Explanations of various output data
produced by the Zamani project


3D models are three-dimensional scaled visual representations of physical objects in digital form. Surfaces of 3D models are represented by polygons, generally in triangle form which are created by linking neighboring points of a point cloud. The level of represented detail varies and is differentiated by resolution. "high", "medium" or "low" resolution models are generated for each site. The data is usually acquired with laser-scanners.


A laser scanner accurately determines the position of millions of surface points on an object, creating a three dimensional point cloud of the object. When displayed on a computer screen, point clouds provide a visual impression of an object's surface. The colour of each point denotes the intensity of the return signal to the laser scanner. An object's individual point clouds can be combined and processed to create a full 3D model.


Virtual Worlds enable users to interactively walk around 3D virtual envrionments of heritage sites based on data captured on site and processed by the Zamani Project. Virtual Worlds can be viewed here. The Unity webplayer will need to be installed on your browser, and is currently not compatible with Google Chrome.


Horizontal cuts through a 3D model show plan views of ground, roof or intermediate levels. Vertical cuts through the model are shown as sections and vertical views from the outside of an object are shown as elevations. Sections and Elevations include scale and orientation and can be used for measurements. Sample sections are produced for each site but additional sections can be generated as require.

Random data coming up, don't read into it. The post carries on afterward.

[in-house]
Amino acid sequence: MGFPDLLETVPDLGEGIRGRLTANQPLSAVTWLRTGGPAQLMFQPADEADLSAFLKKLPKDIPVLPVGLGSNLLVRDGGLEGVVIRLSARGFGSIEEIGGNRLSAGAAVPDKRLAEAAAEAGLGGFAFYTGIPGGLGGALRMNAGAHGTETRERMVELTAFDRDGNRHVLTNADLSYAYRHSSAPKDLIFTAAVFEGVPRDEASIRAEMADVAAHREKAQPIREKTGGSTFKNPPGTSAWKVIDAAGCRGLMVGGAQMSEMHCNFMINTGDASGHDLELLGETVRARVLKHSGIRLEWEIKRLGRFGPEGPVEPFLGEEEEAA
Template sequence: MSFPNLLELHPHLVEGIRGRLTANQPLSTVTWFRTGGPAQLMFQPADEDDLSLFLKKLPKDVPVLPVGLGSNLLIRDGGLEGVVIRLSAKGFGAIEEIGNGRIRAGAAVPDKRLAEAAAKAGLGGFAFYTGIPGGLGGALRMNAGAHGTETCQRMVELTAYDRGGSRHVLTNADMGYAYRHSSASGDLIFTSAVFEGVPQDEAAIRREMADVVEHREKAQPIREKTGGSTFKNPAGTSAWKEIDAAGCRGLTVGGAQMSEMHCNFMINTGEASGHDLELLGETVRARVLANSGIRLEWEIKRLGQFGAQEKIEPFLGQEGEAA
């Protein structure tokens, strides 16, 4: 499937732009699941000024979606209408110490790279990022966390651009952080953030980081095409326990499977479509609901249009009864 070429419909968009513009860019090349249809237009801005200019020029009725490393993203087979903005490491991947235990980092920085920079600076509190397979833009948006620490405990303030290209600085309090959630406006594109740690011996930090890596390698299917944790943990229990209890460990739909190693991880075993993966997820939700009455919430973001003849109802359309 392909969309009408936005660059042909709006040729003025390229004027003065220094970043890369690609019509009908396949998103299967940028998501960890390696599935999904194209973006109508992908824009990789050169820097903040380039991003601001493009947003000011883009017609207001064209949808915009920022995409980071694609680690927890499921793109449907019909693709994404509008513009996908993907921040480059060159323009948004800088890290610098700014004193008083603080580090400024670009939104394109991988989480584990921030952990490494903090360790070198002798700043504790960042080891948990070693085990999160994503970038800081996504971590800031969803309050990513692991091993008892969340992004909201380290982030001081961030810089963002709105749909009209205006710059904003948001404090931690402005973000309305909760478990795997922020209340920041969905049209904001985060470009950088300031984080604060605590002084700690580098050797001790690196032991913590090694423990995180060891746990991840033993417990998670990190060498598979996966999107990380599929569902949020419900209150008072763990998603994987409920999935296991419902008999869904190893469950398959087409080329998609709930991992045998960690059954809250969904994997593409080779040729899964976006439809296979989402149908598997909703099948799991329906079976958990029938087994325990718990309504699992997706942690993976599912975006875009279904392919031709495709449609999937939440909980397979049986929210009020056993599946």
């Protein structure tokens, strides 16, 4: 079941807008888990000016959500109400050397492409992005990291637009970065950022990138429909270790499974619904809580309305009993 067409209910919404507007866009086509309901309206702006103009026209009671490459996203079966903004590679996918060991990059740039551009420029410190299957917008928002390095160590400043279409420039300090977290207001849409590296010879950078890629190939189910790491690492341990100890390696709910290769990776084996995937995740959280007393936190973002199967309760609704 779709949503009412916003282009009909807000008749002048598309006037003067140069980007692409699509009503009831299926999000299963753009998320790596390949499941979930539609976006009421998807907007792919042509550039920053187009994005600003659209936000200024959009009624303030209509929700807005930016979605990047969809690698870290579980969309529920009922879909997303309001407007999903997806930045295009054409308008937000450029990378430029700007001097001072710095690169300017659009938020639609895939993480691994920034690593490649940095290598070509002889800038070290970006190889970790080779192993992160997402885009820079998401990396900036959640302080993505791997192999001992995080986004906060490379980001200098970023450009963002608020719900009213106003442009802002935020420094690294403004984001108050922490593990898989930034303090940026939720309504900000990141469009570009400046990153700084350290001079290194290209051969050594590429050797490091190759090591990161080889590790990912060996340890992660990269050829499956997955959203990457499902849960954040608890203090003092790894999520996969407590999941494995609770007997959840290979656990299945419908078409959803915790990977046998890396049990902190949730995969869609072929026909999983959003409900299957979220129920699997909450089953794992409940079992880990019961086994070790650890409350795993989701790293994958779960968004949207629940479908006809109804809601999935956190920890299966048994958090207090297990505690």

A Geographical Information System (GIS) consists of spatially referenced information about the natural and man-made environment. GISs are created by assembling diverse geographically referenced data of topographical or general thematic nature in a digital database. The information is displayed in map form and can be managed, interrogated and analyzed through user interfaces which show the relationship between different map layers. Satellite images, contours, rivers and plans are examples of layer information in a GIS.


Aerial photogrammetric images and satellite images, where available, are used in combination with existing contour data, SRTM data and Aster data to create 3D landscape models of the terrain surrounding a site. They are also used in the GIS of the site.


Digital images and videos of each site are taken to capture the current physical environment surrounding the structures of a heirtage site. Samples can be viewed in our Picture Gallery.


Panoramas are images with very broad horizontal and vertical ranges of view. Full dome panoramas capture a full 360 degree view of a position and are create by joining pictures together. Panoramas can be intergrated into a virtual world.


Photogrammetry is the process of measuring 3D co-ordinates of an object, or of the earth's surface, using two or more photographs taken from different positions. Analog or digital photographs are captured with specialized metric cameras or calibrated amateur cameras. Imperfections in the lens and camera body cause distortion in the photograph. A camera calibration is used to mathematically undistort or rectify the images so that mathematical models can be used to calculate metrically correct 3D coordinates of the photographed object or surface area. Photogrammetric images are captured for important structures and can be used for additional measurements of detail if required.


Stereo pairs are special cases of photogrammetric images where two images of the same object or scene are captured from different positions with near parallel orientation. This emulates the process of human 3D vision. The effect of three dimensionality can be achieved by viewing the images through a stereoscope or similar device. Stereo images are provided for important structures of a site to allow 3D viewing and measurement of detail.